Subscribe to Optimism and Get a Pair of Rosy Glasses for Free!January 16, 2017 • By Caro • 10 • 2 • 2088
I look at all things on the bright and sunny side as if I’ve been fed with Maui Jim ad campaigns and the Coué method over the last twenty or thirty years. I was about to say “on the bright and shiny side,” but considering the dreadful untidiness of my house, I thought again. But even then, the awesomist part of my optimism takes over, noting that this vividly-living party-of-six-sheltering house has more important rules to follow than being clean. If you ask me why and how I’m an optimist, I’ll tell you honestly that I don’t know exactly. One day, when the worldwide news became too much of a burden, I cancelled my cable subscription. When the weather froze me to the bones, I moved to the Caribbean. Life is too short to get hung up over issues and tinker with them. Every problem has a solution and there are better things to procrastinate about.
Because I don’t have dinner with Scott Pelley in the background every night, people used to wisecrack that my head was firmly planted in the sand so deep that I should have come up for air now and then to see what I deliberately chose to totally disregard: how terribly wrong the world was going. I disagree: I know how wrong it is. Living with optimism doesn’t mean living with stupidity. It simply means that you choose to focus on what makes you happy, on what matters to you, your family and friends; you choose to focus on what you can actually do something about and not waste time on what you can’t; you choose to believe in the good rather than the bad nature of people; you choose to believe that we all can find a door and push it open in any seemingly dead end situation. “I’d rather be an optimist and a fool than a pessimist and right.” Albert Einstein’s words, not mine. I’d rather wake up one day at the age of 80 and say with confidence that I bit every bit of life than … not say it. Optimism — from the French optimisme, Latin optimus (best) and superlative of bonus (good) — is cultivating and working on the art of getting what you want, thereby achieving happiness. It’s a cause and a consequence, but they’re really synonyms to me. Another way to say it is what the French call “Voir la vie en rose,” life through rosy glasses.
Living with optimism doesn’t mean either that you don’t care about what went on in Paris, Nice, Brussels, Berlin, Orlando, Aleppo, and too many other places. Believe me, I do. Hashtag Je Suis Sick of this Shit. And I hear you, “hard to be optimistic looking at this world.” But then again how can the uncertainty of tomorrow be a tool for moving on, let alone mobilizing people and being happy? Down-hearted thoughts, worthless crap beliefs and other disgusting feelings will never improve our well-beings. “Disrespect invites disrespect. Violence incites violence,” Meryl Streep recently said. Being optimistic and light-hearted is in no way disrespecting the memory of those who lost their lives; it’s a response in itself. As a matter of fact, after the attacks in Paris, people were invited to gather in bars to sing, dance, kiss and party. Even the non-profit association Optimists Without Borders is a member with consultative status on the Economic and Social Council at the United Nations. The optimist is always looking for a way to help. When the pessimist tells you, “Everything’s a mess, my life sucks, it’s meaningless, the news on TV is terrible, and it’s raining again. It couldn’t be worse,” the positive thinking of yours will gather the best reassuring reply: “Oh yes, don’t worry: it could.” No such thing as a dead end to the positive outlooker. “You could be sick, you could be stuck in your car in the middle of nowhere in a hail storm or you could be running out of wine. Oh, you are? I’m sorry for you, but see? It could be worse.” (You’re welcome.) You can be happy and not be an ill wind.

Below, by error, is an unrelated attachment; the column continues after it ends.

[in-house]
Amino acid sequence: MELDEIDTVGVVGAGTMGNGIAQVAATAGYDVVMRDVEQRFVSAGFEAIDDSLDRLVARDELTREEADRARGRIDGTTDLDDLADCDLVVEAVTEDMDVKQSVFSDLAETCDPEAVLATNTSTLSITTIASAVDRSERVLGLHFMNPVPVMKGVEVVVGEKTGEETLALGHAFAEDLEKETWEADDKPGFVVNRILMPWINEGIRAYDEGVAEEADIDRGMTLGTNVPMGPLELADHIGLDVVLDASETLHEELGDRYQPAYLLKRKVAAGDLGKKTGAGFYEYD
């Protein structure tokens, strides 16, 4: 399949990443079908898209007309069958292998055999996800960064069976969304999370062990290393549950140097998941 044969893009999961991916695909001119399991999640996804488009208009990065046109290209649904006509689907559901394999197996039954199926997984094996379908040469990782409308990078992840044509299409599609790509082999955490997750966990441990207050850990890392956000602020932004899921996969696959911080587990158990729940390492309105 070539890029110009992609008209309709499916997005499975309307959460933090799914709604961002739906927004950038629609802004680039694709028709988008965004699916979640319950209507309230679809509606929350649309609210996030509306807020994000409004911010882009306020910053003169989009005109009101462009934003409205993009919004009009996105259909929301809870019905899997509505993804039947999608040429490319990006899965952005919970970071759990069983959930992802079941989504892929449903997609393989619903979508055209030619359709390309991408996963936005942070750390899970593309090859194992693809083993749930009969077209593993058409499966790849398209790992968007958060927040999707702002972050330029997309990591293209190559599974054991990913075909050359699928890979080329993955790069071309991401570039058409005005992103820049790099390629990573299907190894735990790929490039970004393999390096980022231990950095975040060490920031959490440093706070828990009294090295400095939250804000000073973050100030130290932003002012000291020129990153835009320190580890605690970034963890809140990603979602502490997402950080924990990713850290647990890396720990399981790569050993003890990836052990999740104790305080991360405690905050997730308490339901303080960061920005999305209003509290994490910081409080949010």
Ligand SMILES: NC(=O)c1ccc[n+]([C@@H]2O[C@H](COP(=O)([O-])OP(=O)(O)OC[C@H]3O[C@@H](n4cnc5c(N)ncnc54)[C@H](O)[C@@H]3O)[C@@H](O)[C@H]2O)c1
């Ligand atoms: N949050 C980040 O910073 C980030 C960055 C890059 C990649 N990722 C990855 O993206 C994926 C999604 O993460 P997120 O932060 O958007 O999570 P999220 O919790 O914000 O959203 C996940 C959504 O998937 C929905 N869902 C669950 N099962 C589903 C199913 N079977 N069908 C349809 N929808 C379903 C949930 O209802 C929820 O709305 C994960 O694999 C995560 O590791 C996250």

Okay, but in all seriousness, if your life (really?) sucks, what can you do to change it? How do you give it meaning?
I myself wasn’t born optimistic and happy. I was born crying. But as an adult, you’d be amazed at how your routine changes when you gain all this time saved by not being angry with the world after you got rid of your TV set. Not to turn you into Mother Theresa or something, but you’d be amazed too to realize how peaceful it feels to be more tolerant and understanding (and sharing, and smiling, and generous at heart …). What do you risk trying to look at things differently? Your health might improve as multiple studies have shown. You might recover faster after surgery or live longer. You might end up mostly boringly plainly happy. 365.25 days a year. I have nothing special. Am I wealthy? No. Is my life perfect? No. Do I make the optimus of it? I surely try. And I have children: I have to be optimistic. If not for their future, let it be for my sake. A mother has got to be either an optimist or an alcoholic. My optimism still pushes me to set my alarm every night and to cook vegetable meals in spite of my having kids.
I’ll even go further and say I’m the hopeless kind of optimist; I’m the Martin Luther King dreamer kind. If optimism were a religion I’d most likely be an extremist. Milan Kundera stated that “optimism is the opium of the people.” As utopian as it sounds it totally should be. Bonus news here, this drug is free, addictive and contagious.
It turns out optimism is one of those human-to-human infections: naturally transmissible. I know, I’m just as shocked as you are. Oh well!